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First drive: Suzuki Vitara 1.0 BoosterJet. Image by Suzuki.

First drive: Suzuki Vitara 1.0 BoosterJet
Suzuki drops diesel and goes all turbo-petrol for the revised Vitara line-up.


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Suzuki Vitara 1.0 BoosterJet

3.5 3.5 3.5 3.5 3.5

Suzuki updates the joint-largest of its crossover/SUV family for the 2019 model year, and the latest Vitara remains a good, strong alternative to the mainstream competitors in its market segment, if not quite a vehicle that we can put on the class podium - even with the adoption of an all-turbocharged engine line-up.

Test Car Specifications

Model tested: Suzuki Vitara 1.0 BoosterJet SZ-T AllGrip
Pricing: Vitara range from 16,999; 1.0 SZ-T AllGrip from 20,799
Engine: 1.0-litre turbocharged three-cylinder petrol
Transmission: AllGrip all-wheel drive, five-speed manual
Body style: five-door crossover-SUV
CO2 emissions: 162g/km* (VED Band 151-170: 515 first 12 months, then 140 annually thereafter)
Combined economy: 49.5mpg**
Top speed: 111mph
0-62mph: 12.0 seconds
Power: 111hp at 5,500rpm
Torque: 170Nm at 2,000-3,500rpm
Boot space: 375-710 litres
* figure quoted as full WLTP
** figure quoted as NEDC-correlated

What's this?

The Suzuki Vitara, perhaps once the only crossover/SUV/4x4 from this left-field Japanese manufacturer that you would ever consider owning, but one which now heads a vastly expanded product range in this field for the marque - a line-up which incorporates vehicles as diverse as the microscopic Ignis, the mediocre SX4 S-Cross and the majestic Jimny. The Vitara, really, represents the most 'normal' crossover-SUV of Suzuki's four-strong brood and it deserves the 'SUV' epithet because there are models available with AllGrip four-wheel drive, the other vehicles in the range being front-wheel drive.

For the 2019MY, visually little has changed. A slightly-massaged radiator grille and front bumper arrangement is harder to spot than the 'three-bar' LED rear lamp clusters that now grace the Vitara's rump, while inside there's a new cloth trim for the entire range, suede seat fabric on range-topping SZ5 models (lesser trims still run SZ4 then, bizarrely, SZ-T), a 4.2-inch colour information display in the instrument cluster... and a soft-touch panel for the dashboard construct. This last feature aims to make the Suzuki seem upmarket and plush, but it seems a little bit like an 'afterthought' upgrade and it doesn't hide the fact the rest of the plastics within the cabin are substandard; most notably the tough door cards, which abut said new soft-touch fascia and are thrown into stark relief by what we presume to be unintentional juxtaposition on the carmaker's part.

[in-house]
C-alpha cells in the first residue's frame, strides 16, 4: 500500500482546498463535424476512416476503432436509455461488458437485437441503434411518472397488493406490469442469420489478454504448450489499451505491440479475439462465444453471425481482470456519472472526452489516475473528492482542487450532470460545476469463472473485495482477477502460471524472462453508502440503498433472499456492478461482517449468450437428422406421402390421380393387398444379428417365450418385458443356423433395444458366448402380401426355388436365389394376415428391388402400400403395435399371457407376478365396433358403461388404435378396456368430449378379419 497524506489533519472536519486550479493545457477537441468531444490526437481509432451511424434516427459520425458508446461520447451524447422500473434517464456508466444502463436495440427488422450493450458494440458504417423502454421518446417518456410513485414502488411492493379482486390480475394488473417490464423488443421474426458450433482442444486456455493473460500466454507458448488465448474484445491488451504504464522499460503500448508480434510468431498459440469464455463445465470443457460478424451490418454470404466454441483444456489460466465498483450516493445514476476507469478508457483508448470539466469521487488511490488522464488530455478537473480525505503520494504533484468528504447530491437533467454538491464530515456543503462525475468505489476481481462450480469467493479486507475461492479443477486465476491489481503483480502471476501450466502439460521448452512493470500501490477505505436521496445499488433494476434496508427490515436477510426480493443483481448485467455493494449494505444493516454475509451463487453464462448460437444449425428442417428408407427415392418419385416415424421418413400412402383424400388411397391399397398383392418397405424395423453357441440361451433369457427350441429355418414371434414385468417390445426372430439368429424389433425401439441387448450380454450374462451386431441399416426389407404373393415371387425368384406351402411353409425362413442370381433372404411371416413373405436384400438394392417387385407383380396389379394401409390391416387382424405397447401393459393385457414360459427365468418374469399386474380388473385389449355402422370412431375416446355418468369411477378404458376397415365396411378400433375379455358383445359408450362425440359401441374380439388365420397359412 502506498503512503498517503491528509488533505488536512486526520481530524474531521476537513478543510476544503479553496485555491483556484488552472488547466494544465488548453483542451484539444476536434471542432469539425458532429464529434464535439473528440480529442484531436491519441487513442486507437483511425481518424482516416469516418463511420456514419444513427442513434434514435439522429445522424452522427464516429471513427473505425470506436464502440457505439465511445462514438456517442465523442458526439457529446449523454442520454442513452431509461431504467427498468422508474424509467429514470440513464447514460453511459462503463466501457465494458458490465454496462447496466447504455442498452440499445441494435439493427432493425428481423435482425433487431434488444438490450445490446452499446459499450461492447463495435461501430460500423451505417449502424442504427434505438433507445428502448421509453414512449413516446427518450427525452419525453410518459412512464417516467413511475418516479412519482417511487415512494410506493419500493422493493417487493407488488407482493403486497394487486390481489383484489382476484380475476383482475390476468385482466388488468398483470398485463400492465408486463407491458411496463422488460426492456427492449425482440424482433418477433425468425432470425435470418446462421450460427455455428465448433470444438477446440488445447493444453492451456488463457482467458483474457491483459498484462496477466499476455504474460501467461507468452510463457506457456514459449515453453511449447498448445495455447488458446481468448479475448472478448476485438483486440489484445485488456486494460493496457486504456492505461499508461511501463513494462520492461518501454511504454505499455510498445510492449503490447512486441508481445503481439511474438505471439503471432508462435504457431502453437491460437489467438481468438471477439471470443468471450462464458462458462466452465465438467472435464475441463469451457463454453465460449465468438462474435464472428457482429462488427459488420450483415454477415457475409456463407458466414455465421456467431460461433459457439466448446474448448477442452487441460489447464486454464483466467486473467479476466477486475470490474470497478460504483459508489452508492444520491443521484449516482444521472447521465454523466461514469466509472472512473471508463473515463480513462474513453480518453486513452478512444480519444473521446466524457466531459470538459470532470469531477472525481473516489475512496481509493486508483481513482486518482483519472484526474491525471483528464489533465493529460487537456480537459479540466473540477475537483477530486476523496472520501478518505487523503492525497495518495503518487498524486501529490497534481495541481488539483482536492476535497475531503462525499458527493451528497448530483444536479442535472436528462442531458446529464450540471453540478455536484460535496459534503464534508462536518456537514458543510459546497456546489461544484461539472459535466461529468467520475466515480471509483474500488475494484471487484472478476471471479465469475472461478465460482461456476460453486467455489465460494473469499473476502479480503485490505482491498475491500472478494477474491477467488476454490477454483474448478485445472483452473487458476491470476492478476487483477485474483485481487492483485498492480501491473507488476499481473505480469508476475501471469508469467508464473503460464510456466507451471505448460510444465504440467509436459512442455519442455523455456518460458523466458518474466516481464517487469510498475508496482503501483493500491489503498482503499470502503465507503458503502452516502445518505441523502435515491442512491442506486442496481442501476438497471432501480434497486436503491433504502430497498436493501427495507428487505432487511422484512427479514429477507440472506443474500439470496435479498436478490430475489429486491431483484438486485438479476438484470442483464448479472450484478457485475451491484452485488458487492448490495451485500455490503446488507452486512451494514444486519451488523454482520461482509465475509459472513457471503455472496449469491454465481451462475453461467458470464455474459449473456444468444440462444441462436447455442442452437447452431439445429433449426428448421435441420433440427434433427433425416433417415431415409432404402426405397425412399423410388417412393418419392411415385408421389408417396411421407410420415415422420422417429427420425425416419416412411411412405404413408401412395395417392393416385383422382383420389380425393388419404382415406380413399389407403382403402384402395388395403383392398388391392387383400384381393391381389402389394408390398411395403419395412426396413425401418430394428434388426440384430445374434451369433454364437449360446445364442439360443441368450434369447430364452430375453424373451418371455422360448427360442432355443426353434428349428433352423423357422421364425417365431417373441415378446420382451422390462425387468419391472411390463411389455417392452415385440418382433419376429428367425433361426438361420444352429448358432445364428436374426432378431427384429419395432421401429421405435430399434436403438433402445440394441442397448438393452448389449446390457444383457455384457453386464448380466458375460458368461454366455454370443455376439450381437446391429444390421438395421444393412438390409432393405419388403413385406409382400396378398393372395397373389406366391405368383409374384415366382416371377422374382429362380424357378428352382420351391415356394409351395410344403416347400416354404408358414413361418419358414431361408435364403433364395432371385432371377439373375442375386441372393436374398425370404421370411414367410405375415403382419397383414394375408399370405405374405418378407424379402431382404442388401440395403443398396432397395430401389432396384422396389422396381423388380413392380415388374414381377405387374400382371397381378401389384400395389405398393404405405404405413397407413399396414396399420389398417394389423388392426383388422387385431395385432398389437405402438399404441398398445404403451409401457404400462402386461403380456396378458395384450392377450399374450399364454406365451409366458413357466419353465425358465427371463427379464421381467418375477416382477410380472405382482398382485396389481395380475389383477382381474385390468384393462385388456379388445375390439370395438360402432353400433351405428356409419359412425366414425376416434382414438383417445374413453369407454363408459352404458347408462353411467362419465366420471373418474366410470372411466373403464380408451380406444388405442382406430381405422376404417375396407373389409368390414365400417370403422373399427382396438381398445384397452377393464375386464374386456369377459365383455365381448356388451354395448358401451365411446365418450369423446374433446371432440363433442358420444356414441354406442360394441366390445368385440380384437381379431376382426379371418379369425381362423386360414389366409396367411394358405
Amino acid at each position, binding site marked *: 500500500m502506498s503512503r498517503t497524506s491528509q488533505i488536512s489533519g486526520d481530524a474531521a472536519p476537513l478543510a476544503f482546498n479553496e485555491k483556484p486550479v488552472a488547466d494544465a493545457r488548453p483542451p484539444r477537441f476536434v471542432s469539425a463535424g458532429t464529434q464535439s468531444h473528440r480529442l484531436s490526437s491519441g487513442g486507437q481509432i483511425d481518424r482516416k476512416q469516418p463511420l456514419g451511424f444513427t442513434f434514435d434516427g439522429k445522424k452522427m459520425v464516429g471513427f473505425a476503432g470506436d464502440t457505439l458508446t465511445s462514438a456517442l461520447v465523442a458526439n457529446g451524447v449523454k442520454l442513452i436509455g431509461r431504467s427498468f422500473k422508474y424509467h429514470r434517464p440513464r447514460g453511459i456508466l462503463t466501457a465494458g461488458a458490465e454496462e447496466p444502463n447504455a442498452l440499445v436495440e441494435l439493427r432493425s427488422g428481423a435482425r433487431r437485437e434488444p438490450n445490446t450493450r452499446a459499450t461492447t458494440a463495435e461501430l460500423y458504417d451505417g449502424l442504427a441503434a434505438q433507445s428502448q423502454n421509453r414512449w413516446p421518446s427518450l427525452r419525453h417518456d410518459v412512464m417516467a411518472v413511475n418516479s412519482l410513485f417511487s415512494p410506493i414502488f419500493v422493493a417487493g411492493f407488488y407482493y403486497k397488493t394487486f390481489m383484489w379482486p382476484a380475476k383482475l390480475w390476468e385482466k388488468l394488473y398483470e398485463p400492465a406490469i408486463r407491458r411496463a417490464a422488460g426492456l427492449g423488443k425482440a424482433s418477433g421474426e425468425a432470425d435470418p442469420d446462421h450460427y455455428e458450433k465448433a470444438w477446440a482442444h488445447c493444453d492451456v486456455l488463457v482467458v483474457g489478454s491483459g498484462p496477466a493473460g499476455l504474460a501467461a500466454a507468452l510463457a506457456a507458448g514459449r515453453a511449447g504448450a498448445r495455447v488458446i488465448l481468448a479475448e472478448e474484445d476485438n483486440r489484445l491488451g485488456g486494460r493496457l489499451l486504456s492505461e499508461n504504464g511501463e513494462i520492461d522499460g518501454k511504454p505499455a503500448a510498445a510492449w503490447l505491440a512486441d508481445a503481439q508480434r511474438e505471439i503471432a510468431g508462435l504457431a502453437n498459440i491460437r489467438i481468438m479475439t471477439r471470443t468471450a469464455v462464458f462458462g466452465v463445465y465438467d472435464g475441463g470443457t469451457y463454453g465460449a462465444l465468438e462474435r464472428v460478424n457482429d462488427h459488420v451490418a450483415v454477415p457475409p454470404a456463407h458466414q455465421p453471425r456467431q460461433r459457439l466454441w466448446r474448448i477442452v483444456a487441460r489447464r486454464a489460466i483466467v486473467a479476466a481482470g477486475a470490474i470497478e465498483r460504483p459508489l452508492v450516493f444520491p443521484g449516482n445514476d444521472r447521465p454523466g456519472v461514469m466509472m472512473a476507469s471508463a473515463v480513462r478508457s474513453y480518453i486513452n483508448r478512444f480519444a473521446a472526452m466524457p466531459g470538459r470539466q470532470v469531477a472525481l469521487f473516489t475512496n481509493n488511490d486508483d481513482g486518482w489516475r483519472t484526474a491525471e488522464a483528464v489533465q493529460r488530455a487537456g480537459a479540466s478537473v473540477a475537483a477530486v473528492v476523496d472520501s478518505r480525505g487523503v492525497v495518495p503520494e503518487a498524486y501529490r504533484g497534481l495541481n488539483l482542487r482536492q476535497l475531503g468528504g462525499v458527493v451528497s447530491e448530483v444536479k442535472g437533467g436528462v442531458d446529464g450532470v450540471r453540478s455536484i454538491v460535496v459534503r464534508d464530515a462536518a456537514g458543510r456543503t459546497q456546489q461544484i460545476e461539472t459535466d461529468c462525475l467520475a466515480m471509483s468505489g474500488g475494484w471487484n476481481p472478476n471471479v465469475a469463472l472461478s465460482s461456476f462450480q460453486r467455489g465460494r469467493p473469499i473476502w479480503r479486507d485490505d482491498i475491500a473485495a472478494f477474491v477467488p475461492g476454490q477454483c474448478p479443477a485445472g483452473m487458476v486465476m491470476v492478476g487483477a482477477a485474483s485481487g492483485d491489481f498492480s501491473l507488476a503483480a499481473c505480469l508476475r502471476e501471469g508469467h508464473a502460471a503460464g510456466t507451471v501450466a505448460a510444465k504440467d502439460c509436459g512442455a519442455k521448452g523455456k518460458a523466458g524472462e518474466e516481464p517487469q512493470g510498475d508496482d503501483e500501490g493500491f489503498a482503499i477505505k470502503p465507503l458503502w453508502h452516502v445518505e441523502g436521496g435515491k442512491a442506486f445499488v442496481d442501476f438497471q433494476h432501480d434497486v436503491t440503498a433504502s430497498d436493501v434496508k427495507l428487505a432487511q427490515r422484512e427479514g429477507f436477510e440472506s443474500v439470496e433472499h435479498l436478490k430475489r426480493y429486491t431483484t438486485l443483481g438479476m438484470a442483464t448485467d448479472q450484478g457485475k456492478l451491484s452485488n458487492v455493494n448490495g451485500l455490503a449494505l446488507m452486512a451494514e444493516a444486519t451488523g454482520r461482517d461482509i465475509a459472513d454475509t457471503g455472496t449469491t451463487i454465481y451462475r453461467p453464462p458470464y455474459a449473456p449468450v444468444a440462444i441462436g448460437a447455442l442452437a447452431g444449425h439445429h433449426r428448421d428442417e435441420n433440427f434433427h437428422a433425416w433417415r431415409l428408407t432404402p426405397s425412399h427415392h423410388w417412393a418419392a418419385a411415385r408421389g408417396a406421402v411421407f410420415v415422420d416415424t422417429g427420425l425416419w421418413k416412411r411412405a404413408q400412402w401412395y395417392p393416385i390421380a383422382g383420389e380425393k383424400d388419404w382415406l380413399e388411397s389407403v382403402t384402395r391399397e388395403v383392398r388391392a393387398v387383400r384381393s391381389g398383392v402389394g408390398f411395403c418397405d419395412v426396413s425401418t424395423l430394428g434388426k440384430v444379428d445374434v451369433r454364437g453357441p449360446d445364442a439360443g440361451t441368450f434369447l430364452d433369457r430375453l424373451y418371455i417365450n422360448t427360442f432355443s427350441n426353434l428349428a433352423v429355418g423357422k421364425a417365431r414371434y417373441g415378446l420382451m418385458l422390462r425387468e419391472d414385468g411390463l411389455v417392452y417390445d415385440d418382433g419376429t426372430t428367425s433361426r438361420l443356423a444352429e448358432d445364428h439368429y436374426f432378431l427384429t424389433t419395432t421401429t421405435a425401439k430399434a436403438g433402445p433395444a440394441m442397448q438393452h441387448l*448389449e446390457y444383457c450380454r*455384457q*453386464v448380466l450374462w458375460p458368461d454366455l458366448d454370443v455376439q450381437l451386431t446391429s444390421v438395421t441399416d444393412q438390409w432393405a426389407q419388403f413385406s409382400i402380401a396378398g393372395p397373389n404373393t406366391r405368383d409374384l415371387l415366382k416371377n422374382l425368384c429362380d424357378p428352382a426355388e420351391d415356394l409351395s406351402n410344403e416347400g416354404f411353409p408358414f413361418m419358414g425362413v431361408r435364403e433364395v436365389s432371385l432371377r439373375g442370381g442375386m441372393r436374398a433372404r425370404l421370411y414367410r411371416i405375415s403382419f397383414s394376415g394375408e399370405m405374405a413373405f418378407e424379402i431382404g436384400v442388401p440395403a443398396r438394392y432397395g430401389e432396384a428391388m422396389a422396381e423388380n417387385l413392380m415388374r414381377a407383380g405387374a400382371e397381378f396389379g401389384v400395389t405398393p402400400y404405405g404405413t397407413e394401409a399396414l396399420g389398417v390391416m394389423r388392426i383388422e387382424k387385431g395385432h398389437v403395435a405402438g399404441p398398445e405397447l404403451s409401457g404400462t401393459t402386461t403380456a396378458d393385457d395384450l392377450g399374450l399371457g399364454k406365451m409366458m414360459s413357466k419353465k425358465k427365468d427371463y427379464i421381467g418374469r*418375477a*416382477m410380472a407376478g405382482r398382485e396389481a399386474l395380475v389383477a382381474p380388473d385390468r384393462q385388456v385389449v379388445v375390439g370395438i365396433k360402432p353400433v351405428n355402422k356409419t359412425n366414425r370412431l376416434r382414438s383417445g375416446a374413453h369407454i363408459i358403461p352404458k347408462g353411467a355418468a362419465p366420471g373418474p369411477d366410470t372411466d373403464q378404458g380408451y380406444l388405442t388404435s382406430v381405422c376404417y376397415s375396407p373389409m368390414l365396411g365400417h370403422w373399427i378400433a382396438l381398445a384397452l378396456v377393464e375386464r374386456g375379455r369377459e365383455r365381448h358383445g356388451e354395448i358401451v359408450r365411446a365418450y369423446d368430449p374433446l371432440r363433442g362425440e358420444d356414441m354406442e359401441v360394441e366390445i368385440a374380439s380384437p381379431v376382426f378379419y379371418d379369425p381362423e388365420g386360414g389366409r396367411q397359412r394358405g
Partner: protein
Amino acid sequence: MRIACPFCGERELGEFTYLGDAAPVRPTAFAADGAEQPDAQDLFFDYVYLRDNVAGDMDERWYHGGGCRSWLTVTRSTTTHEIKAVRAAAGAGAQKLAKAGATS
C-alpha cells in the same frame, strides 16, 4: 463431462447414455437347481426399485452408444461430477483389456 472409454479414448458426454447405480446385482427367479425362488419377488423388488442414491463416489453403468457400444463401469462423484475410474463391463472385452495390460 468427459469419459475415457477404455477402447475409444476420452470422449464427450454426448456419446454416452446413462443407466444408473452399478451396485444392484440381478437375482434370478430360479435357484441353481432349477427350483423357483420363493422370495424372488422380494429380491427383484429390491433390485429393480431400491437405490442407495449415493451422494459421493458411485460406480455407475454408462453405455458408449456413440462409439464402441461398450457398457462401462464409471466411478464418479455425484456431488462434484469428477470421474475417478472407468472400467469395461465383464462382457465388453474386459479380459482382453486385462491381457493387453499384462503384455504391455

The bigger news for the 2019MY Vitara, then, revolves around the oily bits rather than the packaging. There have been significant engine changes, not least the desertion of all diesel models - the Suzuki is now petrol only, and furthermore all the motors are turbocharged, too. This means the old 1.6-litre normally aspirated engine has gone but, somewhat regrettably, the sporty S model has also met its demise. However, fear not - the 140hp/220Nm 1.4-litre BoosterJet engine which powered the now-defunct Vitara S, and which is seen in ever-so-slightly-torquier-trim in the Swift Sport, is maintained. It's just that it has become an 'engine option' on the upper SZ-T and SZ5 grades.

The other engine option, which is the only motor offered at SZ4 level and not available with SZ5 specification, is the 1.0-litre, three-cylinder BoosterJet unit, as employed in other Suzukis such as the Baleno hatch. It delivers 111hp and 170Nm, numbers which are (respectively) 9hp down and 14Nm up on the old 1.6-litre NA Vitara. Performance and eco-stats for the 1.0 BoosterJet model are broadly the same as they were on the engine it supersedes, but the meatier torque - delivered fully 2,400rpm earlier on the rev counter than the 1.6's peak twist - means the turbo'd Vitara should be far nicer to drive. For those lamenting the diesel's passing, by the way, then know that the SHVS mild hybrid system will be fitted to the 1.0-litre BoosterJet Vitara in the near-future.